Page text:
The Reason Bernie Sanders Defied The Polls In Michigan

SOURCEThink Progress

Bernie Sanders upset Hillary Clinton in the Michigan presidential primary on Tuesday, securing a larger share of voters of color than he has ever before and significantly winning young voters, who came out in record numbers.

Though the polls predicted she would easily win Michigan, Clinton secured just 65 percent of Michigan’s African American vote. That number is significantly lower than her usual results — including Mississippi, which also held a primary on Tuesday, and where she secured almost nine in ten black voters. The only state where Sanders won a larger share of African American voters was his home state of Vermont, which is only 1.2 percent black. Michigan, meanwhile, is more than 14 percent black.

Frederick Malone, who was wearing and selling t-shirts reading “Black Men for Bernie” at a press event in Flint on Monday, told ThinkProgress that the more black voters hear about Sanders’ policies, the more they support him.

“Bernie’s been for the black people for a long time,” he said. When asked why Clinton has been winning Southern states with large black populations, Malone faulted it on Sanders’ speaking skills.

“Hillary, she expresses herself a lot better than Bernie,” he said. “Bernie, he can’t communicate all of the things he has done. He’s been at this a long time. He marched with Martin Luther King.”

Frederick Malone sold T-shirts at a press event in Flint.

Frederick Malone sold T-shirts at a press event in Flint.

CREDIT: Kira Lerner

Sanders also performed well with other people of color and young voters. He made an intense last minute push to campaign on or near college campuses and it paid off — 21 percent of voters were under the age of 30, and Sanders won 81 percent of young voters.

One of those events was held the day before the primary in Dearborn, a city to the west of Detroit with the highest concentrations of Arab Americans and Muslim Americans in the United States. The line for the rally wrapped around the building, and hundreds of young Muslims — students and recent graduates — filled the theater’s seats.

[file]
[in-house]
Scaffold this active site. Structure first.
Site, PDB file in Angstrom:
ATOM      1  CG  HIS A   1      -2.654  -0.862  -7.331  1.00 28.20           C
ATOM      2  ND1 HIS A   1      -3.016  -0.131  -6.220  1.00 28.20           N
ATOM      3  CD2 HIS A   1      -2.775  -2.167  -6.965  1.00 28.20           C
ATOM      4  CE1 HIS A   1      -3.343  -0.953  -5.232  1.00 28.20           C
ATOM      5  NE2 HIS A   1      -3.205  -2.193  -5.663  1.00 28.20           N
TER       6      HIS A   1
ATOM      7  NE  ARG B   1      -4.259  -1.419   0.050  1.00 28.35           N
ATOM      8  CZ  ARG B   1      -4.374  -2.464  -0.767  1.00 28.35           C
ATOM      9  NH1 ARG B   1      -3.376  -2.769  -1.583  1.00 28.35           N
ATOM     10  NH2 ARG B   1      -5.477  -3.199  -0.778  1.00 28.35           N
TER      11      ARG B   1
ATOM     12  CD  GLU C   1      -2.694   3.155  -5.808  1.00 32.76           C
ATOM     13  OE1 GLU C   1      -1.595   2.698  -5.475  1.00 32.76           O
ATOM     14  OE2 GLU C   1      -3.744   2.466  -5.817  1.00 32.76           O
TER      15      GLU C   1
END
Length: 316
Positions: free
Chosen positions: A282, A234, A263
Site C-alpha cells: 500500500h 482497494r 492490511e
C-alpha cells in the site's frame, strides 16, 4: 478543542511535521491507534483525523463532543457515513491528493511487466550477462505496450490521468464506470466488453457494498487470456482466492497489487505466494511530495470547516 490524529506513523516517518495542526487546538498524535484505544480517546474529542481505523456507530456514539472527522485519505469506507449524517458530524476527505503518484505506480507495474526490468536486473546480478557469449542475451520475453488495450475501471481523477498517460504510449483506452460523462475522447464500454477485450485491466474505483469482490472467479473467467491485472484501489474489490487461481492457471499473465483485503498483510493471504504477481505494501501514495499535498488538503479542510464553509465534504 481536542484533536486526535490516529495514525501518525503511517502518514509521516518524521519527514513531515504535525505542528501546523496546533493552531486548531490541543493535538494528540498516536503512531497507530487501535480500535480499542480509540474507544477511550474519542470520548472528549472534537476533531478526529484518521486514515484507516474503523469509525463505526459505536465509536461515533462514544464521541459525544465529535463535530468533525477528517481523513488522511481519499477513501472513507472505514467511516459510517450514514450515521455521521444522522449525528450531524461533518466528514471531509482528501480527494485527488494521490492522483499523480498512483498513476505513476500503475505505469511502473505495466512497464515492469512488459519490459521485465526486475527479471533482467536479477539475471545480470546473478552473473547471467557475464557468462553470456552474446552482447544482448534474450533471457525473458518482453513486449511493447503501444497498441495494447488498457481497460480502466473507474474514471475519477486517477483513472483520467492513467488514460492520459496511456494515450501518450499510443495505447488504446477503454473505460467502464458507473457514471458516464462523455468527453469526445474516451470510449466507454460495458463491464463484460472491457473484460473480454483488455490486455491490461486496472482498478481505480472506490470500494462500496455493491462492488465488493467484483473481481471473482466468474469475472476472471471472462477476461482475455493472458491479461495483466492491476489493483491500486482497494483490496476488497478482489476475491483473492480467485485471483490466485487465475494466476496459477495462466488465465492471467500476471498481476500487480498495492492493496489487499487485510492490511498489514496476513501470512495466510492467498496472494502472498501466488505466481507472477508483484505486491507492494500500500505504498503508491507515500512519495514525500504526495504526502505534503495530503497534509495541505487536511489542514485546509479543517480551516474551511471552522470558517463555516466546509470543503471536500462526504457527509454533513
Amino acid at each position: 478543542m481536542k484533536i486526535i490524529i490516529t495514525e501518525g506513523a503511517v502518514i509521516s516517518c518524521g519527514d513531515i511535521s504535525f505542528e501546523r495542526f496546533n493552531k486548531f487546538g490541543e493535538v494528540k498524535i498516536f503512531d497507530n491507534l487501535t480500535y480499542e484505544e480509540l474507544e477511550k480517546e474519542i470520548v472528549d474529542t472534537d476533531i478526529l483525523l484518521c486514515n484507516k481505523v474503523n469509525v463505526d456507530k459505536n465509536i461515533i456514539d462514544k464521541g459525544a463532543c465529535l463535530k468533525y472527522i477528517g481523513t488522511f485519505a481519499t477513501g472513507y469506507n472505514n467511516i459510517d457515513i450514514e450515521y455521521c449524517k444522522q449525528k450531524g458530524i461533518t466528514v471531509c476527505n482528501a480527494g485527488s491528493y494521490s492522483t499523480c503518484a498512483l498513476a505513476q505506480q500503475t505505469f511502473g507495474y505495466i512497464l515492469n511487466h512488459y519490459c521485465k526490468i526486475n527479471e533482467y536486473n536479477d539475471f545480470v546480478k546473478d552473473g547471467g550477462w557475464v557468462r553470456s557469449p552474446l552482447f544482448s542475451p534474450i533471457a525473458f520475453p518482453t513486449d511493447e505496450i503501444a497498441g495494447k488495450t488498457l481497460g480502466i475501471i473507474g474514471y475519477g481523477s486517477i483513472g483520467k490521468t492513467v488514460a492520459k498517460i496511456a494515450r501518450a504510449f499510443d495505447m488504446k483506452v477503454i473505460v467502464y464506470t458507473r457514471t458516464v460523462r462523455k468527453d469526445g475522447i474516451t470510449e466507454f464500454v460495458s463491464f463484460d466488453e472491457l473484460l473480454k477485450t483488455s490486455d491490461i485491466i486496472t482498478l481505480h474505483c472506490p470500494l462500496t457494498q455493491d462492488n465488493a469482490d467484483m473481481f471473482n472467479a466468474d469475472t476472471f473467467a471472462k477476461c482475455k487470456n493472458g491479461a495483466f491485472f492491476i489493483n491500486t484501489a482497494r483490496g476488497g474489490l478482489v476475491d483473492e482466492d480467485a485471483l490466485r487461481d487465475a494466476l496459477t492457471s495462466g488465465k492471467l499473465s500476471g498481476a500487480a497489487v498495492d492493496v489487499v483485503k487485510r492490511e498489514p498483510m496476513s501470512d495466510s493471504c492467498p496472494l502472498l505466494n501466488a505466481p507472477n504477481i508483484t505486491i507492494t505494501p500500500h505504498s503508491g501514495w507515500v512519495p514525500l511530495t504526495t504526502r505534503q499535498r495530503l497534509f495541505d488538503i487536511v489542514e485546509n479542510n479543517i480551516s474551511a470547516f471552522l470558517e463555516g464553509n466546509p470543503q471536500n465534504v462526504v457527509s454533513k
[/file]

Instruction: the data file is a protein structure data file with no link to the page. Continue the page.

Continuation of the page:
Sanders won Dearborn with 67 percent of the vote, compared to Clinton’s 33 percent.

Nineteen-year-old Amira Hachem, who was at the rally with a group of friends, said Sanders’ stance on free college tuition is what sold her. “We’re all college students and we’re all focusing on student debt — we don’t want to live the rest of our lives just pinned on debt,” she said. “We want to live with the money we earn. He’s the only one who’s really taking a good stance on that, and that’s why we’re supporting it.”

Hachem and her friends, all Muslims born and raised in Dearborn, also called out Islamophobia from candidates like Donald Trump and said that Sanders has made them feel comfortable as young Muslims in America.

“This is my first political rally ever,” 24-year-old Lena Tarraf said. “I feel so strongly about this.”

Widad Asoufy, also a Muslim American, said she used to be a Clinton supporter, but switched to Sanders after she researched his stance on the issues more carefully. “Across the border — climate change, student loan debt, the economy, it seems like he’s welcoming all races and ethnicities,” she said. “He’d be like the inclusive president. He’s spoken a lot against Islamophobia and made me feel comfortable to vote for him.”

At that rally, Sanders was well aware of the strategy it would take for him to pull of a Michigan victory.

“We will win if there is a large voter turnout,” he said during his speech, to huge applause. “Please make that happen.”

Amira Hachem, Ziehab Beydoun, and Lena Tarraf at Sanders' event in Dearborn.


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Kira Lerner is a Political Reporter for ThinkProgress. She previously worked as a reporter covering litigation and policy for the legal newswire Law360. She has also worked as an investigative journalist with the Chicago Innocence Project where she helped develop evidence that led to the exoneration of a wrongfully convicted man from Illinois prison. A native of the Washington, D.C. area, Kira earned her bachelor's degree at Northwestern University's Medill School of Journalism.